Darkweb Spotlight | April 2023

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We’ve gathered darkweb insights and news for you. Enjoy!

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Deep Dive at The Dark Web


Here are the insights & security news from the darkweb. Learn and protect yourself before threats reach you. If you want to get more insight, follow us on Twitter and Subscribe to our Ransomware Newsletter![/vc_column_text][vc_empty_space height=”10px”][vc_column_text]

Opengear Server Keys on Dark Web: A Threat to Critical Infrastructure Security


Our latest findings on the dark web revealed an alarming discovery of Opengear server product keys on the dark web, reportedly sold for €150. The threat actor claims a 60-day uptime, raising concerns about the security of the critical infrastructure. These keys could have been obtained from Opengear itself or companies’ servers. If they belong to companies using Opengear services, monitoring systems closely to prevent potential data breaches is crucial.[/vc_column_text][vc_empty_space height=”10px”][vc_single_image image=”18475″ img_size=”full” add_caption=”yes” alignment=”center”][vc_empty_space height=”10px”][vc_column_text]Our investigation revealed that AS20057 AT&T Mobility LLC hosts these servers. Interestingly, one of these servers is used by AT&T for sending SMS messages. The unauthorised remote access being sold includes root and superuser privileges. Although the data passing through the server is encrypted, unauthorised access is sold cheaply, as it’s impossible to view the SMS messages in cleartext.

In light of these findings, it’s essential for businesses using Opengear services to monitor their systems and ensure that unauthorised access doesn’t compromise their critical infrastructure. Encryption alone might not be enough to protect sensitive data; staying vigilant and implementing additional security measures can safeguard against potential ransomware and data breaches.[/vc_column_text][vc_empty_space height=”10px”][vc_column_text]

AnonGhost Hacktivist Group Targets Israeli Defense Forces and Claims Access to Thousands of Bank Accounts


Last month, AnonGhost Official, a pro-Palestinian hacktivist group, claimed to have targeted the Israeli Defense Forces (IDS) by sharing an IP address list of remote access credentials for certain servers in Israel. The group had previously declared its intention to target Israel.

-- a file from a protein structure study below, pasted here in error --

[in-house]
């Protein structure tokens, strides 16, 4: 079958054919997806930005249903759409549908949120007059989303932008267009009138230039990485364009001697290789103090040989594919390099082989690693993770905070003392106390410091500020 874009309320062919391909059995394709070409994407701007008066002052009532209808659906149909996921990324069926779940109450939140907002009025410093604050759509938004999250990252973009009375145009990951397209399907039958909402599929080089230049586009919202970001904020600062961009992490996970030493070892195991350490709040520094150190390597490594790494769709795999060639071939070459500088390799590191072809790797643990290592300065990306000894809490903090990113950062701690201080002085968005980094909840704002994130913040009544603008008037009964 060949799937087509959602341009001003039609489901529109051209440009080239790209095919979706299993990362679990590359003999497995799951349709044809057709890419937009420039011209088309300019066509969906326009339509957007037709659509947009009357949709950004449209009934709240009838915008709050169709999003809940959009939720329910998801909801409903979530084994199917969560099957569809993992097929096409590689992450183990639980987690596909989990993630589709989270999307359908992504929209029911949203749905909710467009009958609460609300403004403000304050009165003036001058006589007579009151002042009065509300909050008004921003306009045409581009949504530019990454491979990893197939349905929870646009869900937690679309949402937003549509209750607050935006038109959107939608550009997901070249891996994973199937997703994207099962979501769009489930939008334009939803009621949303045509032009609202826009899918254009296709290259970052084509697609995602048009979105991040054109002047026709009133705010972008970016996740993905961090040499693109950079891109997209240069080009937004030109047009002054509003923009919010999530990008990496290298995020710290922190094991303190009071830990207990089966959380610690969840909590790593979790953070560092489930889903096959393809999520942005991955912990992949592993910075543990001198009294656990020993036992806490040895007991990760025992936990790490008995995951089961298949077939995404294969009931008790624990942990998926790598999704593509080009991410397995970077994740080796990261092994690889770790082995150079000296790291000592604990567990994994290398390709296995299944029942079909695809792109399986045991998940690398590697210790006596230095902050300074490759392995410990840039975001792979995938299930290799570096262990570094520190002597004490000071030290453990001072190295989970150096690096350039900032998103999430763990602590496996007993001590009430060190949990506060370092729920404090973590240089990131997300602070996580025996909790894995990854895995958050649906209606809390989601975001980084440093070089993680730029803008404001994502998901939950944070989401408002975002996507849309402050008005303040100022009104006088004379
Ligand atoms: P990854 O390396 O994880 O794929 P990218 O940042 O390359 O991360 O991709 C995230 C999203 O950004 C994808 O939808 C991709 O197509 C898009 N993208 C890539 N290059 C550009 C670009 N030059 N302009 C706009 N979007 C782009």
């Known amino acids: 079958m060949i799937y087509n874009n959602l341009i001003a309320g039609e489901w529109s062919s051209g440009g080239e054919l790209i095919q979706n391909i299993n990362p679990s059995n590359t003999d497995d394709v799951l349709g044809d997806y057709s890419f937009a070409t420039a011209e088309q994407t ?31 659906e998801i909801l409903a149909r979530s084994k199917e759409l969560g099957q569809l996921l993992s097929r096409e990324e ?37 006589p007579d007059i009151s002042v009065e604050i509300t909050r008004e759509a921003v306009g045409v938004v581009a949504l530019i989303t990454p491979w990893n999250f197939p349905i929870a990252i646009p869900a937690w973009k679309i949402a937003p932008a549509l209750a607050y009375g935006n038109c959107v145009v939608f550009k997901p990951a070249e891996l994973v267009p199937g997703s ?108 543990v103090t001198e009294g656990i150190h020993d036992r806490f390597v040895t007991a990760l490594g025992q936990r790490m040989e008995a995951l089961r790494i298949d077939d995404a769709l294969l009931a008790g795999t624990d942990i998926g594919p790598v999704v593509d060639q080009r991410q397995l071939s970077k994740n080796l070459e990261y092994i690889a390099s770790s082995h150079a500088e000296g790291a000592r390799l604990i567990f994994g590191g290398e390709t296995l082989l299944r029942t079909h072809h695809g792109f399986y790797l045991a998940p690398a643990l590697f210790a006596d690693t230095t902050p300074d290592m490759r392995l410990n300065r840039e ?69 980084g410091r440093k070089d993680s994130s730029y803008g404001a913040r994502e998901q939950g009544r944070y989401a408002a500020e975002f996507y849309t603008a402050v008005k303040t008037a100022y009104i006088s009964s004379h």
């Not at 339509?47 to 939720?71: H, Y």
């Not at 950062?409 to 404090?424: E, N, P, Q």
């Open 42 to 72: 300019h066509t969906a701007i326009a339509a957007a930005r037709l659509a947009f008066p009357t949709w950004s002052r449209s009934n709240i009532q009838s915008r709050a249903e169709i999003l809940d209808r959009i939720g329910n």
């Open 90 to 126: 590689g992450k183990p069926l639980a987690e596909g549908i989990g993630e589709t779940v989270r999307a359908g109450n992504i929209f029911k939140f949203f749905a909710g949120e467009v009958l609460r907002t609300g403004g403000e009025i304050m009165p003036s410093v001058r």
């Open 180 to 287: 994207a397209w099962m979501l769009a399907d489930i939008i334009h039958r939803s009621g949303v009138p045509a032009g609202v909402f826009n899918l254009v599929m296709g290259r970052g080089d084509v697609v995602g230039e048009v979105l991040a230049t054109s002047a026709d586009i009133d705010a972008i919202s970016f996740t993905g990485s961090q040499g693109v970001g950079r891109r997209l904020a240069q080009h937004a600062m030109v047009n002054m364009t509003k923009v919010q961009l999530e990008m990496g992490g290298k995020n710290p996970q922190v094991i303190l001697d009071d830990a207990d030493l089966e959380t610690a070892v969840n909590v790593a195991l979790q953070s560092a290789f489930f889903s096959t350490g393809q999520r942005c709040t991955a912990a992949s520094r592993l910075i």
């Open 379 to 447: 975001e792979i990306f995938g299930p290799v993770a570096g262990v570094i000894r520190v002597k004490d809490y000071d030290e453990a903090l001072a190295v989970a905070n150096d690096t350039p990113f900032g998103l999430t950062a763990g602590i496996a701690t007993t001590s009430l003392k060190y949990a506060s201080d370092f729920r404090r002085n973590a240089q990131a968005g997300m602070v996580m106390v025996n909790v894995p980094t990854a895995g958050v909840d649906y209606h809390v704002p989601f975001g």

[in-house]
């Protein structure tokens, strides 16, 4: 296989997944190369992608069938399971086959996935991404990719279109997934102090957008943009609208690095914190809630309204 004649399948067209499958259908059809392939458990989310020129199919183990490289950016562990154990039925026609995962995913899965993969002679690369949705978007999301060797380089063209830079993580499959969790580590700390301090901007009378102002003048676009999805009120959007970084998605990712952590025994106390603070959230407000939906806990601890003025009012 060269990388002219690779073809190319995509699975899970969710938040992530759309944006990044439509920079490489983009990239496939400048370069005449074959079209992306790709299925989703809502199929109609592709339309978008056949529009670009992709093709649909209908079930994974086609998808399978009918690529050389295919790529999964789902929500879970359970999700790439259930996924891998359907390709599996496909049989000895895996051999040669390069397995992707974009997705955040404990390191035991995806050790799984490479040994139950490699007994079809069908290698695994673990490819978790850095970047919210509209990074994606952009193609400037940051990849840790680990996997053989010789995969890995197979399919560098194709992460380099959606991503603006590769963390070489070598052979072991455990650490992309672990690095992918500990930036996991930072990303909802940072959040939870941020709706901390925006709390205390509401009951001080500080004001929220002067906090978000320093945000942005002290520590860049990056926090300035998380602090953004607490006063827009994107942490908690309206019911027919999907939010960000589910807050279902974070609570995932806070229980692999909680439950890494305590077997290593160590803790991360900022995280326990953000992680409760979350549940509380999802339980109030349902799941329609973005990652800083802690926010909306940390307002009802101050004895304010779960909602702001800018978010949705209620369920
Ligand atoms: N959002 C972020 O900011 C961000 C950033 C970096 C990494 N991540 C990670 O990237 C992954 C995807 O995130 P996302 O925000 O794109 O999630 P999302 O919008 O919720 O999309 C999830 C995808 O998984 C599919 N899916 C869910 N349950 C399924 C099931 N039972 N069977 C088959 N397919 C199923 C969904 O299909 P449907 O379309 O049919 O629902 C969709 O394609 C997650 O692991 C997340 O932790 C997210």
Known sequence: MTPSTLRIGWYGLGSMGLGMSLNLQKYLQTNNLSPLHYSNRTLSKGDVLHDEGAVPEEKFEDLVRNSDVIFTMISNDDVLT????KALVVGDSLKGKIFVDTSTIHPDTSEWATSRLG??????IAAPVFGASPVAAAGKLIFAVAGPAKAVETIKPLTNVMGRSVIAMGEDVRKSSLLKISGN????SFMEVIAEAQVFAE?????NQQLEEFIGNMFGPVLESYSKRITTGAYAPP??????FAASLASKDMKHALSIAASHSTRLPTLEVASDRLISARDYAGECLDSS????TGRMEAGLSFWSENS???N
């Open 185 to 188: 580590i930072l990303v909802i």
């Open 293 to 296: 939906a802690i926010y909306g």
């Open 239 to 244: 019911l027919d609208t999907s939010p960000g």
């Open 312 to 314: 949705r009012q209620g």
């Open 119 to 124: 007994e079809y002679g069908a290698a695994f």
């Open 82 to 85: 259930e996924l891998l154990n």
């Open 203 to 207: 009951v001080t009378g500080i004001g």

AnonGhost claims to have used a 0-day exploit to launch ransomware attacks on some RDP servers in Israel, sharing images as evidence. This is a bold claim for a hacktivist group. They assert that they have conducted the attacks using their own custom-written scripts and have gained unauthorized access to several servers. However, the extent of their activities remains unclear.

The hacktivist group also alleges having access to thousands of Israeli bank accounts, including accounts at Bank Hapoalim. As proof, they shared a screenshot taken from the online banking portal of Bank Hapoalim. Hacktivist group claims to have bypassed Bank Hapoalim’s 2FA security. However, this evidence is insufficient to support their claims. The hackers may have acquired access to these accounts through phishing campaigns and malware, though the information provided remains unreliable.[/vc_column_text][vc_empty_space height=”10px”][vc_column_text]

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  •  PrintNightmare resurfaces on the dark web! Windows systems are at risk as threat actors spread malware via leaked passwords. Find more details:  eu1.hubs.ly/H03lYWm0


  • A threat actor’s selling a $30 stealer malware targeting your gallery. It snatches ALL photos & sends them via Telegram. Keep devices updated, use trusted sources for apps, and avoid sketchy links!


  • Sophos EDR & Checkpoint Harmony EDR security software found for sale on the deep web! In nature, these products are used for malware detection. Threat actors may use them to test & evade the detection of their own malware.




  • In a Russian dark web forum, threat actors are targeting the China-based EPC company, Sinoma, which provides R&D, and engineering services. The hackers are demanding $10,000 for the RAT they used in the attack.


  • A new MacOS secure-Websocket HVNC malicious tool was discovered on the dark web, using port 443 for authentication, which is concerning, ’cause this port is typically open by default!


Anonymous Sudan Does Not Stop!



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